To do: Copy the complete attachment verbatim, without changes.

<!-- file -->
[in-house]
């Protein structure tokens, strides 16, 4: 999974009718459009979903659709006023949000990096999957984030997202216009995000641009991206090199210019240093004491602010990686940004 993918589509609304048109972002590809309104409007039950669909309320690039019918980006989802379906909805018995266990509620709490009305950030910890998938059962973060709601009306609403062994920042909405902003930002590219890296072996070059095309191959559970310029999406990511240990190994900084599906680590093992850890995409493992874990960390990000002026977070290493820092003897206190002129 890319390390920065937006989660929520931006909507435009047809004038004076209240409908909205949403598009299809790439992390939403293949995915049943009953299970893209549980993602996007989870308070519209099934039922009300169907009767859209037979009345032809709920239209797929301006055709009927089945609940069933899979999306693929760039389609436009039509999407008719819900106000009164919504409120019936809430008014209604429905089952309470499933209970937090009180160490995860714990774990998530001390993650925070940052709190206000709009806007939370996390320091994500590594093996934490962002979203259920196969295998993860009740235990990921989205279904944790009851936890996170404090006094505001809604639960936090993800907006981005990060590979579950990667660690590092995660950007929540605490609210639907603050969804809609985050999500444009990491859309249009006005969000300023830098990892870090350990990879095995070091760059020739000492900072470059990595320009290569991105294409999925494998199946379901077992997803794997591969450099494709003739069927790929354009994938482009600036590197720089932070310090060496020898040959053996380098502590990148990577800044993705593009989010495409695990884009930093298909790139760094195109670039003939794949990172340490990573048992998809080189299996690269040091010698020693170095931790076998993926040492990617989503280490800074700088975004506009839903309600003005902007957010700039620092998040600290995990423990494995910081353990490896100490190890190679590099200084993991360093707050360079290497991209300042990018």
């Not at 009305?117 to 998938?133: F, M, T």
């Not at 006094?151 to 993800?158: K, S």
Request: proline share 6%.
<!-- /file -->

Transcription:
[in-house]
């Protein structure tokens, strides 16, 4: 999974009718459009979903659709006023949000990096999957984030997202216009995000641009991206090199210019240093004491602010990686940004 993918589509609304048109972002590809309104409007039950669909309320690039019918980006989802379906909805018995266990509620709490009305950030910890998938059962973060709601009306609403062994920042909405902003930002590219890296072996070059095309191959559970310029999406990511240990190994900084599906680590093992850890995409493992874990960390990000002026977070290493820092003897206190002129 890319390390920065937006989660929520931006909507435009047809004038004076209240409908909205949403598009299809790439992390939403293949995915049943009953299970893209549980993602996007989870308070519209099934039922009300169907009767859209037979009345032809709920239209797929301006055709009927089945609940069933899979999306693929760039389609436009039509999407008719819900106000009164919504409120019936809430008014209604429905089952309470499933209970937090009180160490995860714990774990998530001390993650925070940052709190206000709009806007939370996390320091994500590594093996934490962002979203259920196969295998993860009740235990990921989205279904944790009851936890996170404090006094505001809604639960936090993800907006981005990060590979579950990667660690590092995660950007929540605490609210639907603050969804809609985050999500444009990491859309249009006005969000300023830098990892870090350990990879095995070091760059020739000492900072470059990595320009290569991105294409999925494998199946379901077992997803794997591969450099494709003739069927790929354009994938482009600036590197720089932070310090060496020898040959053996380098502590990148990577800044993705593009989010495409695990884009930093298909790139760094195109670039003939794949990172340490990573048992998809080189299996690269040091010698020693170095931790076998993926040492990617989503280490800074700088975004506009839903309600003005902007957010700039620092998040600290995990423990494995910081353990490896100490190890190679590099200084993991360093707050360079290497991209300042990018």
């Not at 009305?117 to 998938?133: F, M, T």
């Not at 006094?151 to 993800?158: K, S």
Request: proline share 6%.